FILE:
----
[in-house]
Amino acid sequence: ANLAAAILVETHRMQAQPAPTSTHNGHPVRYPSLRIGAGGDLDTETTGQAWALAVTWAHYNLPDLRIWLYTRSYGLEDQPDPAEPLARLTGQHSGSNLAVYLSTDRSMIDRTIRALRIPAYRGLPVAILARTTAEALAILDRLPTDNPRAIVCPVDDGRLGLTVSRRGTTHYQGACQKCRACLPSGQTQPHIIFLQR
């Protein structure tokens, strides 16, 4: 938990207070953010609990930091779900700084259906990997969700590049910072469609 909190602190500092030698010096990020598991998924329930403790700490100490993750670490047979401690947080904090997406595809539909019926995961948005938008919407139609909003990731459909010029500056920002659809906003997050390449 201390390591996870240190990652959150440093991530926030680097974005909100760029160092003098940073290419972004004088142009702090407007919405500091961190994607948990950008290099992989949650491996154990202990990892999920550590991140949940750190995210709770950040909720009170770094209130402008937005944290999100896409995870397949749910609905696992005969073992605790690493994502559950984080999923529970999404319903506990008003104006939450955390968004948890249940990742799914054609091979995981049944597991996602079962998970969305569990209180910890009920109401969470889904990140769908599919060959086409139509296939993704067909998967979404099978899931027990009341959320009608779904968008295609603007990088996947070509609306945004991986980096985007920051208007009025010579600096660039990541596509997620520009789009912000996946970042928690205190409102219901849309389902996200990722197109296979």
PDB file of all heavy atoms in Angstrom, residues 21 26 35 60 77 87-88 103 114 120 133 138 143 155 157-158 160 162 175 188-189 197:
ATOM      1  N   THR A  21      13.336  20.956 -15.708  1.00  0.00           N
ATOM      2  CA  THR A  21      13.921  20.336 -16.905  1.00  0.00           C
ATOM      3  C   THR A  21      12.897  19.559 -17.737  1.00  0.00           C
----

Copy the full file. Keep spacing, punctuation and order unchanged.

[in-house]
Amino acid sequence: ANLAAAILVETHRMQAQPAPTSTHNGHPVRYPSLRIGAGGDLDTETTGQAWALAVTWAHYNLPDLRIWLYTRSYGLEDQPDPAEPLARLTGQHSGSNLAVYLSTDRSMIDRTIRALRIPAYRGLPVAILARTTAEALAILDRLPTDNPRAIVCPVDDGRLGLTVSRRGTTHYQGACQKCRACLPSGQTQPHIIFLQR
């Protein structure tokens, strides 16, 4: 938990207070953010609990930091779900700084259906990997969700590049910072469609 909190602190500092030698010096990020598991998924329930403790700490100490993750670490047979401690947080904090997406595809539909019926995961948005938008919407139609909003990731459909010029500056920002659809906003997050390449 201390390591996870240190990652959150440093991530926030680097974005909100760029160092003098940073290419972004004088142009702090407007919405500091961190994607948990950008290099992989949650491996154990202990990892999920550590991140949940750190995210709770950040909720009170770094209130402008937005944290999100896409995870397949749910609905696992005969073992605790690493994502559950984080999923529970999404319903506990008003104006939450955390968004948890249940990742799914054609091979995981049944597991996602079962998970969305569990209180910890009920109401969470889904990140769908599919060959086409139509296939993704067909998967979404099978899931027990009341959320009608779904968008295609603007990088996947070509609306945004991986980096985007920051208007009025010579600096660039990541596509997620520009789009912000996946970042928690205190409102219901849309389902996200990722197109296979």
PDB file of all heavy atoms in Angstrom, residues 21 26 35 60 77 87-88 103 114 120 133 138 143 155 157-158 160 162 175 188-189 197:
ATOM      1  N   THR A  21      13.336  20.956 -15.708  1.00  0.00           N
ATOM      2  CA  THR A  21      13.921  20.336 -16.905  1.00  0.00           C
ATOM      3  C   THR A  21      12.897  19.559 -17.737  1.00  0.00           C